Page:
Engineering

A light at the end of the tunnel

A view of the sunset in the Himalayas (Photo by Steve Lasry from Unsplash)

The longest tunnel in the world at above 10,000 feet was declared open in India by the Indian Prime Minister Narendra Modi on 3 Oct. This is the story of how SMEC has provided design, engineering and advisory services starting from 2006

This article was first published here on SMEC’s Infocus blog.

The need for a road through the Rohtang Pass, which is located at an altitude of over 13,000 ft in the Pir Panjal Range of the Himalayas, was discussed as early as 1860 by the Moravian Mission. Nearly 160 years later, the Atal Tunnel (formerly called the Rohtang Tunnel) has become a reality.

Guests at the inauguration of the Atal Tunnel in India.

After nearly a decade under construction, and despite challenges including heavy snowfall, avalanches and severe geographic conditions, the 9 km tunnel is now the world’s longest highway tunnel above an altitude of 10,000 ft.

For almost 20,000 people in the Lahaul and Spiti Valleys, this means they no longer spend half the year cut off from the rest of the country due to snowfall, avalanches and landslides. The Atal Tunnel has reduced travel distance between Manali and the Lahaul and Spiti Valleys by 46 km and cut travel time by up to four hours. (Watch the video)

A view of the interior of the Atal Tunnel

SMEC was engaged by India’s Border Roads Organisation and the Ministry of Defence in 2006 to provide design, engineering and advisory services on the project. We also took on a subsequent role as the Independent Engineer, carrying out supervision, project management and contract management for all electrical and mechanical installations. A team of more than 25 specialists from different countries came together to contribute our global expertise to helping our client make this huge undertaking a reality.

The remoteness, accessibility and extreme altitude of the project presented enormous challenges to geological works, tunnelling and mechanical and electrical installations. 

Tunneling 

The topographical layout of the mountain range through which the tunnel was planned, including some 5200 m high peaks, precluded almost any practical possibility of a shaft or adit to investigate the ground conditions along the alignment. Thus the entire investigation was undertaken by desktop studies and supplemented by aerial (helicopter) reconnaissance. 

The fire and life safety requirements were equally challenging, given that the two tunnel portals were located in different climatic conditions. The southern portal was in a lush, forested location and the northern portal in an arid climate. This resulted in extreme atmospheric pressure differentials between the two portals and thus high wind velocities in the tunnel. To allow effective fire suppression, the North Portal was fitted with a hydraulically operated door, which allowed for control of air velocity within the tunnel during a fire event.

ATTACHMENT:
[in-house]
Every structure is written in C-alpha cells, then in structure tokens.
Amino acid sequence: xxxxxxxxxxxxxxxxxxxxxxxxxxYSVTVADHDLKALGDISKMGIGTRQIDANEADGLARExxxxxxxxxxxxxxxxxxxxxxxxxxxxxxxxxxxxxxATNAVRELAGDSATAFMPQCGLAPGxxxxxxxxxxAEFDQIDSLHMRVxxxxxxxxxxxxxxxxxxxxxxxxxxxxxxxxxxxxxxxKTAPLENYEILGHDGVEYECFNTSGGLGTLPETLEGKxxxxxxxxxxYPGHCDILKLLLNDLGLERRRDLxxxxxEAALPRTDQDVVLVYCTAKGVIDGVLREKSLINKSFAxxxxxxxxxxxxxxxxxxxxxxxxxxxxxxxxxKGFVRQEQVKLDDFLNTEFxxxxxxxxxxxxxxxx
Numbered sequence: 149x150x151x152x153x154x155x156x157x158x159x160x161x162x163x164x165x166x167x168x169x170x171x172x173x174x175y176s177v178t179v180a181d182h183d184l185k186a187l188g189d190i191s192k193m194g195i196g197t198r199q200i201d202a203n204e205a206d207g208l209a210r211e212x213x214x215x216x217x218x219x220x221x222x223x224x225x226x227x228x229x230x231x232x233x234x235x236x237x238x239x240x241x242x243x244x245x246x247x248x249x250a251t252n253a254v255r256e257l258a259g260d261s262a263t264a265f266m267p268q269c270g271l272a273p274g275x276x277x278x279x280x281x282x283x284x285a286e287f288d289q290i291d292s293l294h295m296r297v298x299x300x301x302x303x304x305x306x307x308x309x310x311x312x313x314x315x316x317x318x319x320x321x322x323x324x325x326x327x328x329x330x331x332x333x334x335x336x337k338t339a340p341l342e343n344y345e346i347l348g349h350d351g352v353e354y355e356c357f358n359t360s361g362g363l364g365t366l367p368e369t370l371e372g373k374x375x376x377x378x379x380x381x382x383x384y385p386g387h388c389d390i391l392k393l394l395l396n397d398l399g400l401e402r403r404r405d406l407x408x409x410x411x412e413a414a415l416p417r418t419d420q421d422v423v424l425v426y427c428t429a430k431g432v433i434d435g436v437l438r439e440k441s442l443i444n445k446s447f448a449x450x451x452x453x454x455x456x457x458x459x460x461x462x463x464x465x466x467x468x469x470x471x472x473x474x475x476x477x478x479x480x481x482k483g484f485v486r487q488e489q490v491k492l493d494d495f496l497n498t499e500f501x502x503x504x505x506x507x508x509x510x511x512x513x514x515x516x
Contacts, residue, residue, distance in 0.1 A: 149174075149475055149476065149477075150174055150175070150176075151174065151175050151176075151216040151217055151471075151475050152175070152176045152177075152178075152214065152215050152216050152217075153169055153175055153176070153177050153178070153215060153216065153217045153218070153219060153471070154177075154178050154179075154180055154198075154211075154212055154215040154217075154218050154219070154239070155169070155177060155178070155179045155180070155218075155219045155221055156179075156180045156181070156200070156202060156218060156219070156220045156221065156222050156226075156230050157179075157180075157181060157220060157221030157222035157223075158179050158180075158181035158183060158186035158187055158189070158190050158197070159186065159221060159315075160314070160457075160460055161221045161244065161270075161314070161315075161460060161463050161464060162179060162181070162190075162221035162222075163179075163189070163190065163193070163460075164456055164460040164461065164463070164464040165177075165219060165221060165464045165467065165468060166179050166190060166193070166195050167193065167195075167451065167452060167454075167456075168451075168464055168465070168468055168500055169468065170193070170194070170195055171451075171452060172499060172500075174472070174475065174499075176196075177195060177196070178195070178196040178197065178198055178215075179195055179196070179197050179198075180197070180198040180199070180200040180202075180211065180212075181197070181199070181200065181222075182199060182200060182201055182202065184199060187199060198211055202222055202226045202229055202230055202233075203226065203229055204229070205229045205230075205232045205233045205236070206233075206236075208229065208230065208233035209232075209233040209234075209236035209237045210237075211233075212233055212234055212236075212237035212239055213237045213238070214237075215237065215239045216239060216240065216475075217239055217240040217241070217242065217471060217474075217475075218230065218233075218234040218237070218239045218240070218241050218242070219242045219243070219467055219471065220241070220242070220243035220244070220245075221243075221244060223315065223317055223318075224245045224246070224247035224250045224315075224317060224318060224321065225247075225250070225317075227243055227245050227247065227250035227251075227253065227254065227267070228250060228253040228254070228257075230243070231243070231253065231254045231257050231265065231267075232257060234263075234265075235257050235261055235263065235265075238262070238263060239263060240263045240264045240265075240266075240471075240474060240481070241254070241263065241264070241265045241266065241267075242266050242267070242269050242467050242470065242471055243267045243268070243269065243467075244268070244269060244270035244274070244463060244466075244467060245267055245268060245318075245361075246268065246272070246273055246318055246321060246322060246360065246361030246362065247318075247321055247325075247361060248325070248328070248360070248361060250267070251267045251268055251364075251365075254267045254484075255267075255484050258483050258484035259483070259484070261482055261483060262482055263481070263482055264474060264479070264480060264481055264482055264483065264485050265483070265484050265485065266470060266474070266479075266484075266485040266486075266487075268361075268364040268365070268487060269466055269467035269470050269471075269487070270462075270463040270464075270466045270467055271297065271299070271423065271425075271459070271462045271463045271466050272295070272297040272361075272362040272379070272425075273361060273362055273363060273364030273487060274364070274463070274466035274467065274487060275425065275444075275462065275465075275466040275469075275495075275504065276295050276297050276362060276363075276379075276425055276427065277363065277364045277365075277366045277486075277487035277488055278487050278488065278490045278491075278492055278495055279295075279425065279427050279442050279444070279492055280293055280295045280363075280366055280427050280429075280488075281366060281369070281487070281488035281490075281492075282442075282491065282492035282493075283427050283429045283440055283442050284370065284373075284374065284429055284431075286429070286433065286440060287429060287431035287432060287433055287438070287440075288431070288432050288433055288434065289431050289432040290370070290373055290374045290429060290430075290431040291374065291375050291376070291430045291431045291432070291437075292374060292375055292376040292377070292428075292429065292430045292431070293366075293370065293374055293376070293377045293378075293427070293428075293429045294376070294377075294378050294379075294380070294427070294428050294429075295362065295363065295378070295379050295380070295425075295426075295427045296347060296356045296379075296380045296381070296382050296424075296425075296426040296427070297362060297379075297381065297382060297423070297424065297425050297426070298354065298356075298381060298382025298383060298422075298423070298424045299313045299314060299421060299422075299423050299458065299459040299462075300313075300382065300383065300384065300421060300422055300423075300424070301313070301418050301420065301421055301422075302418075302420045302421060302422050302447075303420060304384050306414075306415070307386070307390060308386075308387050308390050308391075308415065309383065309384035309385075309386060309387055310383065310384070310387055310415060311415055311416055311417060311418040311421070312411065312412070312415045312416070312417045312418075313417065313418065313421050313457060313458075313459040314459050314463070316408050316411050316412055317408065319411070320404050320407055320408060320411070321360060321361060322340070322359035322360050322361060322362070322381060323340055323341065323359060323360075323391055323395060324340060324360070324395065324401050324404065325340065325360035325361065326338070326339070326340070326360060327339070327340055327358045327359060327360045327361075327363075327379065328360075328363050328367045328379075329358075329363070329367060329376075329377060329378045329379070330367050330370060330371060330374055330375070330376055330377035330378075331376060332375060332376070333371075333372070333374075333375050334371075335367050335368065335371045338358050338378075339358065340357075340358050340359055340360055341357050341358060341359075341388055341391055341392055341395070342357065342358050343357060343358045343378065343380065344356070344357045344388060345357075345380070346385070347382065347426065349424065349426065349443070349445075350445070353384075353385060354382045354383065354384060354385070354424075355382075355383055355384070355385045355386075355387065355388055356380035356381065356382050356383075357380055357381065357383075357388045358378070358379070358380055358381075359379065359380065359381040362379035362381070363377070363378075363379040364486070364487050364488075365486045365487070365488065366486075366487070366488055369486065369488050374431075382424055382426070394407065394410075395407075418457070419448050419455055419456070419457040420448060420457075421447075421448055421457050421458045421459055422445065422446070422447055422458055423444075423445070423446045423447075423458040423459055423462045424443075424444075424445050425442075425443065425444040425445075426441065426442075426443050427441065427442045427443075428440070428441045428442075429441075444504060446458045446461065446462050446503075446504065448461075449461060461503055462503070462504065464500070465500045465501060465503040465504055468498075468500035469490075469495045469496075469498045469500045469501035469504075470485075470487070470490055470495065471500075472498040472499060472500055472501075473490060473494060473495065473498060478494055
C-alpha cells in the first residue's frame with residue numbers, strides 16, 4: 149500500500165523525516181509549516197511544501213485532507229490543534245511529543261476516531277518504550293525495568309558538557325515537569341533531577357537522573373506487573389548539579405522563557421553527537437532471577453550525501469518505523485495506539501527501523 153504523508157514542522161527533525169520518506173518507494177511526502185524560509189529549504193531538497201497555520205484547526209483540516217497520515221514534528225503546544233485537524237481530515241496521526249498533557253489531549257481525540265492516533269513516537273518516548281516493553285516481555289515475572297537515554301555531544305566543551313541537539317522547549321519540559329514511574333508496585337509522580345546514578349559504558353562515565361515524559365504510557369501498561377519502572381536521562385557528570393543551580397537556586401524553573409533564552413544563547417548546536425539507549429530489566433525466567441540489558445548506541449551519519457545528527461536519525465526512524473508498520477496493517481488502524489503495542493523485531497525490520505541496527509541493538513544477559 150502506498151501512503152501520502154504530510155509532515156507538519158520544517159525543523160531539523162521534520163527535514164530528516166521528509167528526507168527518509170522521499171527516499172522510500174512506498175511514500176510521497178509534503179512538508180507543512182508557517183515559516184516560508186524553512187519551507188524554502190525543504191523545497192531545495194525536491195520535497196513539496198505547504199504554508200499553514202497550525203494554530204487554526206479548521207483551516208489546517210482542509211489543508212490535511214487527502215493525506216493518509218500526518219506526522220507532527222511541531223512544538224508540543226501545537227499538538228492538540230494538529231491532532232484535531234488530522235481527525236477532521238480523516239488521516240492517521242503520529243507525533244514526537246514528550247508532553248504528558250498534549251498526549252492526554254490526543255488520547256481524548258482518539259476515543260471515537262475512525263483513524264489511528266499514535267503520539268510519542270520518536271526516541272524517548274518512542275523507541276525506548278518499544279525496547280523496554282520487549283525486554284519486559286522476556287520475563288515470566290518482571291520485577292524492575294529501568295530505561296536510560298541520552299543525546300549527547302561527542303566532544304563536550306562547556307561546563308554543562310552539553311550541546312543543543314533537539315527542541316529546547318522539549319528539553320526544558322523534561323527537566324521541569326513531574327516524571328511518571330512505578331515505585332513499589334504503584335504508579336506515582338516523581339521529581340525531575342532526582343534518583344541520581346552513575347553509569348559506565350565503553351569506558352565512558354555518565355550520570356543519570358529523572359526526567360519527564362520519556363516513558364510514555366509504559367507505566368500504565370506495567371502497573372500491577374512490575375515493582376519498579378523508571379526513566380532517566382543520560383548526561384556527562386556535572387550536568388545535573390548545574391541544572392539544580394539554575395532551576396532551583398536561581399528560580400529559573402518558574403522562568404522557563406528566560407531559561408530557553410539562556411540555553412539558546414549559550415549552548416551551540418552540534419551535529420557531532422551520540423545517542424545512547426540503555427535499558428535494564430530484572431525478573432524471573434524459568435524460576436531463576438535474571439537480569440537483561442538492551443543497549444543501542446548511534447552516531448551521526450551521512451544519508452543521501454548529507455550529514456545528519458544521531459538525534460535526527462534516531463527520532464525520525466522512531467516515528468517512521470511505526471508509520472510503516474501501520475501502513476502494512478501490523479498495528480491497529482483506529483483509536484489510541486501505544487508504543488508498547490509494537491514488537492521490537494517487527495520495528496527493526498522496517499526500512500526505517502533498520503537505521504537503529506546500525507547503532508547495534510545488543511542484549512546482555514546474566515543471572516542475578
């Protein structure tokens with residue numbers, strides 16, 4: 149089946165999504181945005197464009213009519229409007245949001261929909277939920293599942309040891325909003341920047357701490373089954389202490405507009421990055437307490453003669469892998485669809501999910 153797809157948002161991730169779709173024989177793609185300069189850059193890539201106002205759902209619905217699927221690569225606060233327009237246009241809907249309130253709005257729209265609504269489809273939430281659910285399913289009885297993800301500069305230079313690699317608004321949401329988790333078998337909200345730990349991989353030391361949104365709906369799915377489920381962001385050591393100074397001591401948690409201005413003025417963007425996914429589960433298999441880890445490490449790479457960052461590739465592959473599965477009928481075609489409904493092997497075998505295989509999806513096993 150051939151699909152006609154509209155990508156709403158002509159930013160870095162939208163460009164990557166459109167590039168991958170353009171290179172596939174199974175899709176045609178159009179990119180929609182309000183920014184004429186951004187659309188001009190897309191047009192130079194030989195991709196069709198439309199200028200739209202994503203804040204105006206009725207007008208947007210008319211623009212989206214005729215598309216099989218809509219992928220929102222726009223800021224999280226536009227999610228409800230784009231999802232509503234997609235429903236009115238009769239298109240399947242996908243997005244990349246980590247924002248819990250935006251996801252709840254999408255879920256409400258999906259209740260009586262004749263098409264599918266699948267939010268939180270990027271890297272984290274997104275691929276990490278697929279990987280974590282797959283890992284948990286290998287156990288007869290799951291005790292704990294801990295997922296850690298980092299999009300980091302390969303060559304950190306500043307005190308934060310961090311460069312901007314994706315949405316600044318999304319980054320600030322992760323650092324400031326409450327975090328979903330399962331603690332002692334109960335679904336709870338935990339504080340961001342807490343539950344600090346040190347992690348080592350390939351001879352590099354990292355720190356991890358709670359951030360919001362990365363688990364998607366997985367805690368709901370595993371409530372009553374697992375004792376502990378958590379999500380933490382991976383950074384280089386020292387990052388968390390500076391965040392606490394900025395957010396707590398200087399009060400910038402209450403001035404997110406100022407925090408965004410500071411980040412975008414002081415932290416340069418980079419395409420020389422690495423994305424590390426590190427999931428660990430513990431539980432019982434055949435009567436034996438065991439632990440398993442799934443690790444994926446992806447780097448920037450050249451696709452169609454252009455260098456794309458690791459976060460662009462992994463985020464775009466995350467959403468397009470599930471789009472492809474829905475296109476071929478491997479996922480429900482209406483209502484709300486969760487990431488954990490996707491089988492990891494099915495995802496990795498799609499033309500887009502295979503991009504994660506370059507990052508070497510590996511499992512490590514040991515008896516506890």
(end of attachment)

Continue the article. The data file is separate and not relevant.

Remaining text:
Because of the anticipated variability of the ground along the proposed 9km long tunnel, the support system included provision for high convergence of the excavated tunnel during the support installation of up to 600mm. 

The location of the proposed tunnel meant that the excavation could be attempted only from the two portals, with the North Portal not accessible for more than half the year due to snow, avalanches and blizzards. Access over the 4000m high Rohtang Pass was limited to the brief summer period. 

We investigated two viable construction methods, including by tunnel boring machine and by drill & blast. In the end, the constructor decided on drill and blast to take advantage of the flexibility to adopt different kinds of support systems, as excavation progressed. 

Innovation in design

Aligned to current international best practice, the development of the design included an independent escape passage with a separate ventilation system. This escape passage was located below the tunnel pavement and included airlocks at each access point.

This meant the design of the tunnel cross section was quite unique as we had to effectively separate the tunnel into three compartments, using – concrete roof slabs and insitu pavement slabs. The crown of the tunnel formed a large tunnel ventilation duct used for providing adequate air supply during operations and smoke extraction capability during a fire event. The road section included regular access points to the emergency egress, the space below the pavement slab was used for the emergency evacuation of road users during a fire event as well as trafficable access for fire fighting service personnel and equipment. 

Finally, due to its being located in an active avalanche catchment area, the south portal needed to be secured by an avalanche protection gallery. This allowed us to develop the entire southern ventilation, tunnel control and maintenance facility within this avalanche gallery, designed using international (Swiss Avalanche Design Institute) guidelines.  

With SMEC’s multi-disciplinary team of specialists, we completed the tender design and construction began around late 2009 to 2010. 

Geology and Geotechnical

The Himalayas are a thrilling but daunting environment when it comes to geological setup and challenges to large civil works.  On this project, we were dealing with complex rock types of schist, gneiss, phyllite and quartzite as major rock types with interbedded layers and faults.